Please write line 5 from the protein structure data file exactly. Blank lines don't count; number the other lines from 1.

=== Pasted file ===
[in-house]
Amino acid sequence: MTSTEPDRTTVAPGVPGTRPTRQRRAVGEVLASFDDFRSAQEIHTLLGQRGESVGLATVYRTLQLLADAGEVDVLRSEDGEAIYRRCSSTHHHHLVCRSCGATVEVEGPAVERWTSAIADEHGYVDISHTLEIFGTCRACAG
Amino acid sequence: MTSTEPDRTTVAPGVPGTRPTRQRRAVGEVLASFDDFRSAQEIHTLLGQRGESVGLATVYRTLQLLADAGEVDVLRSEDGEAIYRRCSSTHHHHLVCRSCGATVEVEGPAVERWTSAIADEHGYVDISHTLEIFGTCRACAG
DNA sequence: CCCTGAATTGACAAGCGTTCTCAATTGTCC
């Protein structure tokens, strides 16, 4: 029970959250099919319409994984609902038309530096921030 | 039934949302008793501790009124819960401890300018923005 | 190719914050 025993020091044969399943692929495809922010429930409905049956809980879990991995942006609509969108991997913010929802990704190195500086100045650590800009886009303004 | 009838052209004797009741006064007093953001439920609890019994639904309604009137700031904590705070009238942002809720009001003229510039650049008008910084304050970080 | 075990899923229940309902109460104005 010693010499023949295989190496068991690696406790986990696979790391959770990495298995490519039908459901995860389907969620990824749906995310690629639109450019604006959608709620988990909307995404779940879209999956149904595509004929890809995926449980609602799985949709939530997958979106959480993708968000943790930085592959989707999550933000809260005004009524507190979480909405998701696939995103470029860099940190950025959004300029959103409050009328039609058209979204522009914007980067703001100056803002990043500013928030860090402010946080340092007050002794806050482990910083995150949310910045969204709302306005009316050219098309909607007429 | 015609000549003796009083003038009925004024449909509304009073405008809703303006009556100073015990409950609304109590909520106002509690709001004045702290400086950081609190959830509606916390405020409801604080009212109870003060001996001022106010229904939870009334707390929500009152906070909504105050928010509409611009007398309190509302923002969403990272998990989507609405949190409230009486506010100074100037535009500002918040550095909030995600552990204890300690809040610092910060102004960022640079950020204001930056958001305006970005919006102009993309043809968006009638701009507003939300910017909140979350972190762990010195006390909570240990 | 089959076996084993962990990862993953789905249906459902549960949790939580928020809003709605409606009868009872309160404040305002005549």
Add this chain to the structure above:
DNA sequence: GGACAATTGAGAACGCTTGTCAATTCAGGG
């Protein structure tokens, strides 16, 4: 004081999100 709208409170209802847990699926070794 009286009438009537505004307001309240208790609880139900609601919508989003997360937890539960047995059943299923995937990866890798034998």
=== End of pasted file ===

């Protein structure tokens, strides 16, 4: 029970959250099919319409994984609902038309530096921030 | 039934949302008793501790009124819960401890300018923005 | 190719914050 025993020091044969399943692929495809922010429930409905049956809980879990991995942006609509969108991997913010929802990704190195500086100045650590800009886009303004 | 009838052209004797009741006064007093953001439920609890019994639904309604009137700031904590705070009238942002809720009001003229510039650049008008910084304050970080 | 075990899923229940309902109460104005 010693010499023949295989190496068991690696406790986990696979790391959770990495298995490519039908459901995860389907969620990824749906995310690629639109450019604006959608709620988990909307995404779940879209999956149904595509004929890809995926449980609602799985949709939530997958979106959480993708968000943790930085592959989707999550933000809260005004009524507190979480909405998701696939995103470029860099940190950025959004300029959103409050009328039609058209979204522009914007980067703001100056803002990043500013928030860090402010946080340092007050002794806050482990910083995150949310910045969204709302306005009316050219098309909607007429 | 015609000549003796009083003038009925004024449909509304009073405008809703303006009556100073015990409950609304109590909520106002509690709001004045702290400086950081609190959830509606916390405020409801604080009212109870003060001996001022106010229904939870009334707390929500009152906070909504105050928010509409611009007398309190509302923002969403990272998990989507609405949190409230009486506010100074100037535009500002918040550095909030995600552990204890300690809040610092910060102004960022640079950020204001930056958001305006970005919006102009993309043809968006009638701009507003939300910017909140979350972190762990010195006390909570240990 | 089959076996084993962990990862993953789905249906459902549960949790939580928020809003709605409606009868009872309160404040305002005549």